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The Amazing Spider-Man

Superhero film returns with new cast and story

Jul. 16, 2012
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The question asked by many is “Why?” Specifically, “Why another Spider-Man movie with a new cast and director so soon after Tobey Maguire's last turn as the accidental superhero?”

The easy answer comes from the accountants who run Hollywood: “Why let a successful franchise lay fallow for too many seasons? There's money to be harvested!”

The good news about The Amazing Spider-Man begins with Andrew Garfield's performance as Peter Parker. His take on the brilliant, diffident high-school kid who harnesses incredible powers after being bitten by a genetically altered spider is as good in its own way as Maguire's performance, and he brings a gravity to the role that the screenplay eventually undermines. Director Marc Webb's previous film was an enjoyably quirky indie romantic comedy, (500) Days of Summer, and for the first hour his Spider-Man promises to be a human-scale story of an ordinary boy from a working-class home faced with extraordinary situations, armed with the values and example of his foster parents, Uncle Ben (Martin Sheen) and Aunt May (Sally Field).

Small visual cues matter to Webb. We can tell at first glance that the girl with whom Peter falls in love, Gwen (Emma Stone), is well above average because she's reading Kurt Vonnegut at recess. A Ramones T-shirt establishes Peter's coolness. Special effects are effectively low-key at first, allowing us to share Peter's disconcerted wonder at his newfound superhuman agility and strength—to feel his unfamiliar powers shoot through his body with the sullen, jubilant confusion of teenage hormones. By the way, Webb stages the giddy emotion of teenage love between Peter and Gwen with humor and keen awareness. Wouldn't all of us have leaped between buildings in exuberance if we had been able?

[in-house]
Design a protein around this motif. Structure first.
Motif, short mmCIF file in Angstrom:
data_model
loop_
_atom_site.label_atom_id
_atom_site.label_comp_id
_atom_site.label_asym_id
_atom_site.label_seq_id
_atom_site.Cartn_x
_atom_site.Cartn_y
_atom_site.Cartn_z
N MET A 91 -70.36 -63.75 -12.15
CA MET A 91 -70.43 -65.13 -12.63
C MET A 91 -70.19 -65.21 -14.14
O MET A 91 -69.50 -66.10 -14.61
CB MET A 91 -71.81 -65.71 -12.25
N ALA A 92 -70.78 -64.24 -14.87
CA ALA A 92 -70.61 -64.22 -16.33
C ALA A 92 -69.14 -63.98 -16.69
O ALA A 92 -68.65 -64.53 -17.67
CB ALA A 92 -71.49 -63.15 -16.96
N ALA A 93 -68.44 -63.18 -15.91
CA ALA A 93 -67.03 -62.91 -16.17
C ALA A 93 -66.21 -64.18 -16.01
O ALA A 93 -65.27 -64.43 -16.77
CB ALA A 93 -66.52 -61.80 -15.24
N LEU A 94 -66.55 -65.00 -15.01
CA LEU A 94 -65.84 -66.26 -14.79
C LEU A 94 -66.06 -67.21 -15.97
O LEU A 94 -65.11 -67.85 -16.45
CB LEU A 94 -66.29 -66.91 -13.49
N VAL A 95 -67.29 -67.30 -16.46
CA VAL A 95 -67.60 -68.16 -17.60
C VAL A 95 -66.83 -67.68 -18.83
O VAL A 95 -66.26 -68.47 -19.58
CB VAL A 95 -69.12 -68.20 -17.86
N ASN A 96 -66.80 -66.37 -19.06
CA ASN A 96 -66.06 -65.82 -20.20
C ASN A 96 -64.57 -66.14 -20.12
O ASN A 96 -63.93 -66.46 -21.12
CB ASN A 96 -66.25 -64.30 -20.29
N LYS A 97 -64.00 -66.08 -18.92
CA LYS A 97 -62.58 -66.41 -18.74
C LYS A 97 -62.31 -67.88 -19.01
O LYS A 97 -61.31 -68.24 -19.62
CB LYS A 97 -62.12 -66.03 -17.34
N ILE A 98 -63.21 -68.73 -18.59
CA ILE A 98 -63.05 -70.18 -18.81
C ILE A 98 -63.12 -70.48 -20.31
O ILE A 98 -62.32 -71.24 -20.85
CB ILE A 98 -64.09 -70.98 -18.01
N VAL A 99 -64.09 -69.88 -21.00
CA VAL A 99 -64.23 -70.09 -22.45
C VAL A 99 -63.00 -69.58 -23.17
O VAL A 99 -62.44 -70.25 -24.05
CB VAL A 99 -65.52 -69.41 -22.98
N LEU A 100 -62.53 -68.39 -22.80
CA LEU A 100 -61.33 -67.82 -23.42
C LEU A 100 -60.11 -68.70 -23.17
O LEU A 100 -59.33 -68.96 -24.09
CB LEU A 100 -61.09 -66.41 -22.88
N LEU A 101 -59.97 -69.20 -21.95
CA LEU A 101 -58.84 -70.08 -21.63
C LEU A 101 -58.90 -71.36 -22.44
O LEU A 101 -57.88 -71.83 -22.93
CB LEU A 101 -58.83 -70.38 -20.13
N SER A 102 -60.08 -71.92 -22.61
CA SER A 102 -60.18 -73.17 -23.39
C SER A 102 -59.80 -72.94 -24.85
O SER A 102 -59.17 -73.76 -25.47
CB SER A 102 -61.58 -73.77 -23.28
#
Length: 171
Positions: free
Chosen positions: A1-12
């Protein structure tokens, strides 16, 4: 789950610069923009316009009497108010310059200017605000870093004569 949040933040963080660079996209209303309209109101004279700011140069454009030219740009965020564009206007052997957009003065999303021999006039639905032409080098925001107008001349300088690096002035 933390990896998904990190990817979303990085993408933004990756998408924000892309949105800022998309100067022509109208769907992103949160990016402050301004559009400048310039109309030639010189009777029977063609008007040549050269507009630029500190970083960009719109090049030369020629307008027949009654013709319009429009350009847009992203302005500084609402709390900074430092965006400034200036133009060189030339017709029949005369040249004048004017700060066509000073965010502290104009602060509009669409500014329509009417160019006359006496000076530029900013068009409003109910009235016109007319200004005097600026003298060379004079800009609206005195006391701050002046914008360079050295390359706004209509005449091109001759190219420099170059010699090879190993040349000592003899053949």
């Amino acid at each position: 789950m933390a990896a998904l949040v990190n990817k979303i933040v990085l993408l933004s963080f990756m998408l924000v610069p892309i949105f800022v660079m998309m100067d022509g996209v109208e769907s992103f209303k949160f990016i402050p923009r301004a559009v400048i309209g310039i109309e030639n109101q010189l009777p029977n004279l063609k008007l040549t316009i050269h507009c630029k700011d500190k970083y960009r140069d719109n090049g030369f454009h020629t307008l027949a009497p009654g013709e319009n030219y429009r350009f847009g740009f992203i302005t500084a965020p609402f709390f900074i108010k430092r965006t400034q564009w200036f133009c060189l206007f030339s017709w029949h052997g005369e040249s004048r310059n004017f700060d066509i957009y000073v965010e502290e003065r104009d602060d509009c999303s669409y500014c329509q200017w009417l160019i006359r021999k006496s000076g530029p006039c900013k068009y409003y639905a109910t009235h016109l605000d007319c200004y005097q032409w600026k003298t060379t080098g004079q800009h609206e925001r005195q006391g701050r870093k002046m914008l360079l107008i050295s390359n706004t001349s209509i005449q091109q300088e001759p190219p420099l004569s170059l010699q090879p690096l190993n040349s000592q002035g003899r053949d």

And then, in hour two, the movie unravels into a mishmash of false whimsy and pyrotechnical wreckage. Maybe some focus group wanted to keep it light while the producers, on the other hand, wanted to cut a computer-generated swath of destruction across Manhattan (in preparation for The Dark Knight Rises?). The result is dull and ordinary.

It's a pity, because the mythic hero's quest of this story raises issues about corporate greed and reckless science. The spider that bit Peter came from a research project at Oscorp, a sinister transnational corporation with an unseen tycoon who is pushing the lab to develop a cross-species genetic transfer to regenerate human tissue—think of it as stem cell research on steroids. Speaking in cushioned Oxford tones, the chief scientist, Dr. Connors (Rhys Ifans), promises to rid the world of “weakness” through his discoveries. But after injecting himself with the serum, which transforms him into a green lizard resembling the Incredible Hulk on a bad day, he embraces the old dream of radical eugenics—to raise the human species into a new master race. The dream turns nightmare, threatening to sink humanity into the primeval swamp. Can the freak of science called Spider-Man stop another freak of science from destroying the world as we know it? The answer is obvious, but the way to get there should have been more interesting.


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